Ivomec comes in different concentrations, as do most drugs. It is as safe as any other drug for its recommended and approved use. It is also widely prescribed for extra-label use. As with any drug, serious side effects can occur, and some animals tend to have greater adverse reactions than others. Always check with your vet before using. as it seems you did, but simply forgot to get the correct dosage.

2% Ivermectin solution as an injectible cattle dewormer is dosed -- ORALLY -- at 1cc per 100 lbs of body weight. That means you should use a very small, 1cc ("tb") syringe for dosing. A 60 lb dog would need 0.6 cc. You can also mix this with the correct dose of liquid intestinal dewormer before giving.
The dosage is the same as for cattle. A 50 pound dog should get about .5 cc mixed with his dog food once a month. A 100 pound dog should get about 1 cc. You can round up to the nearest half cc if you don't like math. You will not overdose your dog with it.

However, you do want to closely watch your dog when you give it to him the first time. Very rarely, certain individual dogs have a bad reaction to it. I've never had it happen, and I don't know anybody that has had it happen, but I've heard that it does.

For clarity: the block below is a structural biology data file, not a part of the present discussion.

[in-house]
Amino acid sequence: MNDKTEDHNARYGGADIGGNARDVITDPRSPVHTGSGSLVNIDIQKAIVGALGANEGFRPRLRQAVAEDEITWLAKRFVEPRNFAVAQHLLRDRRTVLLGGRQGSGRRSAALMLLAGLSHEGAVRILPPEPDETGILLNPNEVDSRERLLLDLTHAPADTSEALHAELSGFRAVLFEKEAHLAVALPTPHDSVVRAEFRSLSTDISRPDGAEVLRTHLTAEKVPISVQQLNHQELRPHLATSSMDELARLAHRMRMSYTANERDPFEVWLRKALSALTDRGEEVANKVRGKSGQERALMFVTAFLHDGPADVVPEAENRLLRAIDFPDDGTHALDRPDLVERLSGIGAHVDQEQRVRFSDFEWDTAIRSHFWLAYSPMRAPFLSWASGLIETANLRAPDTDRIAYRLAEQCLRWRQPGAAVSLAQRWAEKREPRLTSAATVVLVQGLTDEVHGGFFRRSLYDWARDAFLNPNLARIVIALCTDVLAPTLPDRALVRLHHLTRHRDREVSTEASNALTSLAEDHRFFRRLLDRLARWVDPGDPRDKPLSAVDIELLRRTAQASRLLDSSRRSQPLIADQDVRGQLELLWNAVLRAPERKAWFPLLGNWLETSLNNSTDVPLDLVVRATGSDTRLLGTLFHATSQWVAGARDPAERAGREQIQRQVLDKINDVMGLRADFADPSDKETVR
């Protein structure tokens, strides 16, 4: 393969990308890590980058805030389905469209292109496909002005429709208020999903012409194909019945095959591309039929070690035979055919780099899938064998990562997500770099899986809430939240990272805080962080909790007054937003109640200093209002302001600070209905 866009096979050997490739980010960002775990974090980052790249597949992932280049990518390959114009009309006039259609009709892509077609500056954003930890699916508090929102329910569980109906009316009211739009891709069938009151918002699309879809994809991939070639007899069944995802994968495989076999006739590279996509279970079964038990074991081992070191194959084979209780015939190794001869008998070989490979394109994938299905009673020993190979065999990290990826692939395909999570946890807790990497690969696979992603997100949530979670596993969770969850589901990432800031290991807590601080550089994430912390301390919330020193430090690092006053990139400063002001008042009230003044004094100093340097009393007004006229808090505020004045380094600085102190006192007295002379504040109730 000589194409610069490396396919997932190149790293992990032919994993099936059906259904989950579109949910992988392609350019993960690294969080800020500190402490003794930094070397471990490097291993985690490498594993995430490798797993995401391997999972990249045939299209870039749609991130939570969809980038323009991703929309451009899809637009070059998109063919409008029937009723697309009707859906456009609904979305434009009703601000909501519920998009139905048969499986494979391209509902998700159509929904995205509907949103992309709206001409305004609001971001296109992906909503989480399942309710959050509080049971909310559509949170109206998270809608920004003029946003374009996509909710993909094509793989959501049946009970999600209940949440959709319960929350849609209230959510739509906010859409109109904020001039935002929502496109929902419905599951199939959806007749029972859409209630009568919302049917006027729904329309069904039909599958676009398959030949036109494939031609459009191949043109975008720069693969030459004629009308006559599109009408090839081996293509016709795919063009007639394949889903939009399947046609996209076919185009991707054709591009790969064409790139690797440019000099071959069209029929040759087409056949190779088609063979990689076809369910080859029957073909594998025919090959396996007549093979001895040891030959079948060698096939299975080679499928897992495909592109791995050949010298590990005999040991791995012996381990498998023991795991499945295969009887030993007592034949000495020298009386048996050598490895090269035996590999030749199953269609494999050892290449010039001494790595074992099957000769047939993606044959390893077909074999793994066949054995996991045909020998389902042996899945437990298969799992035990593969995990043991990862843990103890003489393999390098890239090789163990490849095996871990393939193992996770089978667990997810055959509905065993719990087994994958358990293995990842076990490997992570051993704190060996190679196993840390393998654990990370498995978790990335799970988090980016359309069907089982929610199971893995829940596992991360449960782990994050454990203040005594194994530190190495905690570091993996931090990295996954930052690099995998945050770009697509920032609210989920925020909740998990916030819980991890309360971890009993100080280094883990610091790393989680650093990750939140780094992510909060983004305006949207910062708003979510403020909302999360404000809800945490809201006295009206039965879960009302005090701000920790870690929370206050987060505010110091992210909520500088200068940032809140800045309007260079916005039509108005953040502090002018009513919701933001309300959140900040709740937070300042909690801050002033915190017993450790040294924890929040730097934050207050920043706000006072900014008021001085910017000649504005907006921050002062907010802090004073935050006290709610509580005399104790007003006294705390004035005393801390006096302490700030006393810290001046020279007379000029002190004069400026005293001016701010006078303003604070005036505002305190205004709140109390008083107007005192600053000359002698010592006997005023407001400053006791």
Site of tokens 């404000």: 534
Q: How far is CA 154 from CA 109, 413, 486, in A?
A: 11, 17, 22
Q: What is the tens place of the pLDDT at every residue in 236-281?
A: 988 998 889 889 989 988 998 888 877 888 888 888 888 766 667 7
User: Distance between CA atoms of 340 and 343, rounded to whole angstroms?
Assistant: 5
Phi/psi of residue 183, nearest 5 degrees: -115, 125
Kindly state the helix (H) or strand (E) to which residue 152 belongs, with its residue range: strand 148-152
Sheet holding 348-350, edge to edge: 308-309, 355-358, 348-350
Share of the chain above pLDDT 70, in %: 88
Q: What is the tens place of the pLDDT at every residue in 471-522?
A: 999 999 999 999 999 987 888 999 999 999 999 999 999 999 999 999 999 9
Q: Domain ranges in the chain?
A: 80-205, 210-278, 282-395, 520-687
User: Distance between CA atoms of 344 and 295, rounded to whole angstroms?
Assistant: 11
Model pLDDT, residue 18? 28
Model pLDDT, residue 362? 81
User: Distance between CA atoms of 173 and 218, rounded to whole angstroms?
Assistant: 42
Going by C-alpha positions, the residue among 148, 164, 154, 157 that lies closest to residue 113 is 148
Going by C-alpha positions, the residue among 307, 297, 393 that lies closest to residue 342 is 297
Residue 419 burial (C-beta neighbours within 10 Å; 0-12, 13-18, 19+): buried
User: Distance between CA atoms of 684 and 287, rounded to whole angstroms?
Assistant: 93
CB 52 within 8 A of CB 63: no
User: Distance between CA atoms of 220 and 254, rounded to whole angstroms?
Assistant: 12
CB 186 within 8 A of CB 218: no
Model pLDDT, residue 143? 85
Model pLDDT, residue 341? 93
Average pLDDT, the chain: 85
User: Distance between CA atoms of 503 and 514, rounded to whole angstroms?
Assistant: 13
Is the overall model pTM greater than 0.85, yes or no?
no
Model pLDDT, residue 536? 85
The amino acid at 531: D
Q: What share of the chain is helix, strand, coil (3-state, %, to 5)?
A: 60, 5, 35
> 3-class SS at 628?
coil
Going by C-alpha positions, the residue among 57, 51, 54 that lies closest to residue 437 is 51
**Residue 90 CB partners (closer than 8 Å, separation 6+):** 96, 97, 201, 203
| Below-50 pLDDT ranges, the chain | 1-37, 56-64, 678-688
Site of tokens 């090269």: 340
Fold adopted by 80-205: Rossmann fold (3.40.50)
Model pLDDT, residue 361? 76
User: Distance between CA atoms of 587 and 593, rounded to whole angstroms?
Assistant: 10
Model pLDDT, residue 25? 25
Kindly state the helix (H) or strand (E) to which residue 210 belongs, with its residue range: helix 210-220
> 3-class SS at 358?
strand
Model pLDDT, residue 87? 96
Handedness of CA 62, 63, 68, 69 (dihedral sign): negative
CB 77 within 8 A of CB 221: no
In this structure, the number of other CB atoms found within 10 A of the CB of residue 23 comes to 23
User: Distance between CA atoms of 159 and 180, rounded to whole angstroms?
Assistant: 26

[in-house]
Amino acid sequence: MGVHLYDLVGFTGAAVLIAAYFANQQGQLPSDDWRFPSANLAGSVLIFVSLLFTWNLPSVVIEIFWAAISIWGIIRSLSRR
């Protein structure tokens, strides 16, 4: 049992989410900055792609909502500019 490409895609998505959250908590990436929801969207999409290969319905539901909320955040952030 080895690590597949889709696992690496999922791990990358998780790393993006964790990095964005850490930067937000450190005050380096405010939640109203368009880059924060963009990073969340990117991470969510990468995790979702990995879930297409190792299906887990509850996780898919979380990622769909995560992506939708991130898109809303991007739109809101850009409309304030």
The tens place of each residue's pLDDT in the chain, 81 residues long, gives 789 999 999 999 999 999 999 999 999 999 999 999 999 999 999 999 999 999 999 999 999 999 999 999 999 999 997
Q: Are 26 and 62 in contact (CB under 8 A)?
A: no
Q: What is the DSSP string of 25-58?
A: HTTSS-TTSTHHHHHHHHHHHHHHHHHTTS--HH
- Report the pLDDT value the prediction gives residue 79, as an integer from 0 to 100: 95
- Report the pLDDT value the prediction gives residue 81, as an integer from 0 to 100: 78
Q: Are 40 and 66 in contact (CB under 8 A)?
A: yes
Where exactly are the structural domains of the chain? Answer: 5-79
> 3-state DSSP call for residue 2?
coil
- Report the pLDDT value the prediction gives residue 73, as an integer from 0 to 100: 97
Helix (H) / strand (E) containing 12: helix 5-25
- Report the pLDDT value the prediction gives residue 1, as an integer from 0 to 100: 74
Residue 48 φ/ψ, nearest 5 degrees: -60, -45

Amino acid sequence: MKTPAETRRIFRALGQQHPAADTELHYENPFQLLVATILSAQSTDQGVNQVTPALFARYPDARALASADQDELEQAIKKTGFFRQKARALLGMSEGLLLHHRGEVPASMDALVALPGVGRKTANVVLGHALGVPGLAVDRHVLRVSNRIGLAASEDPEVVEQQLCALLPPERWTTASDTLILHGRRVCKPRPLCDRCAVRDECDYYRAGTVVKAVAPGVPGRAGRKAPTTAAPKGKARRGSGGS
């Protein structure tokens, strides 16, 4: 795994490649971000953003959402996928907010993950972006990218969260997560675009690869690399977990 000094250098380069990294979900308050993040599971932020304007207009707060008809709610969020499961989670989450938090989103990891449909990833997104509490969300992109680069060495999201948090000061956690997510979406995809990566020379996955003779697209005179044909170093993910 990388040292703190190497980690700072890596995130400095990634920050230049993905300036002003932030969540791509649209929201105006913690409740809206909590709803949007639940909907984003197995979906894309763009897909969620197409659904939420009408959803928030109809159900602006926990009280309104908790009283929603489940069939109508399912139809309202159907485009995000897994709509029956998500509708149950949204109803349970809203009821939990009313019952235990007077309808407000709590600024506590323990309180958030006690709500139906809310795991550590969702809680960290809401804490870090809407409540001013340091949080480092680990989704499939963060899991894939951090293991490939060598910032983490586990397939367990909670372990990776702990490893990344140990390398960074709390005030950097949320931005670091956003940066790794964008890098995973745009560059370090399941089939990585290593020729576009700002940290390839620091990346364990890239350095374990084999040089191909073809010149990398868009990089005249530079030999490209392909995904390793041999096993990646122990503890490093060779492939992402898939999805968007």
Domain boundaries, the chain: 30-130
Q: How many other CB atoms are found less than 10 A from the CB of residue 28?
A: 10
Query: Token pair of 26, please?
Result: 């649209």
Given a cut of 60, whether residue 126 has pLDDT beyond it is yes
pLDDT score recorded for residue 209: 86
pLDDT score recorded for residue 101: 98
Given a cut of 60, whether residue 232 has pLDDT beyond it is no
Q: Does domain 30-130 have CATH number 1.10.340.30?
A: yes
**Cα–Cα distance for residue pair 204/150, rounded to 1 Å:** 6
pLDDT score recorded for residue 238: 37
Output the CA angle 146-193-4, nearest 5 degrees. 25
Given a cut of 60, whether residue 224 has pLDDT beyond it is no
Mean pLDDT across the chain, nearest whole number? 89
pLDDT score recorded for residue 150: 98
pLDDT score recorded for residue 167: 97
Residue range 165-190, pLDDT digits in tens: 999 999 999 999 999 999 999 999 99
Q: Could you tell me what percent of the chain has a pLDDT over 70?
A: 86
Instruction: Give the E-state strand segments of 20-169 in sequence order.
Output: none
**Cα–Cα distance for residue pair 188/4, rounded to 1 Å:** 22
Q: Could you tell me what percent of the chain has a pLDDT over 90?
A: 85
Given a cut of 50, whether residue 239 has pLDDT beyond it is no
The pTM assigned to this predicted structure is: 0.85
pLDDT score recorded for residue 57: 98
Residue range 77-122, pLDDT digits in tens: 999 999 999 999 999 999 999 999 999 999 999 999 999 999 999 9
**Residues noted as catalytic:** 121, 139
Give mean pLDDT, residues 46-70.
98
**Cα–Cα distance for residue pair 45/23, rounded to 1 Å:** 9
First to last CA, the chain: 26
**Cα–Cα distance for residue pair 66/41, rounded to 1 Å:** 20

Make sure you use the injectable Ivomec for CATTLE, not swine. I'm not sure exactly what the difference between the two is, or what will happen if you use the one for swine, but I was told this by several experienced dog breeders.

Again, even though the Ivomec is injectable, you don't want to inject it into your dog. Just suck it out of the bottle with a sterile syringe, and squirt it into his food. Once a month. Make sure to get your dog checked for worms first, as the Ivomec will only kill the larvae, not adult heartworms, as far as I know. If your dog is already infected, the Ivomec won't help much.

I am not a licensed veterinarian. And this is not medical advice.
You are receiving a lot of different answers here from complete strangers for something that could seriously harm your dog. Honestly, I would just pay the $7.00 per pill, or whatever your vet charges, than take a chance on the wrong dosage. If it's too expensive, get a prescription from your vet and order it online (although the product in not guaranteed if not sold by a licensed vet). Either way it works out to pennies per day. Accidentally giving the wrong dosage could cost you a lot more in heartache.
Yes, you can give ivomec to a dog, but the vet need's to do it the first time. That med can kill a dog or cause numerous other permanent problem's. I have to use it on a Rottie in my family and cringe every time I do it. I know what it can do to him. The dosage is given according to weight and breed of dog. Some breed's can't take it at all. If your vet doesn't want to help you with this, see another vet. Ivvomec isn't something to fool around with if you don't know what you're doing. Get more information and vet help please before you do anything. Why not use the heart worm prevention med's that are on the market? Much safer . Good luck.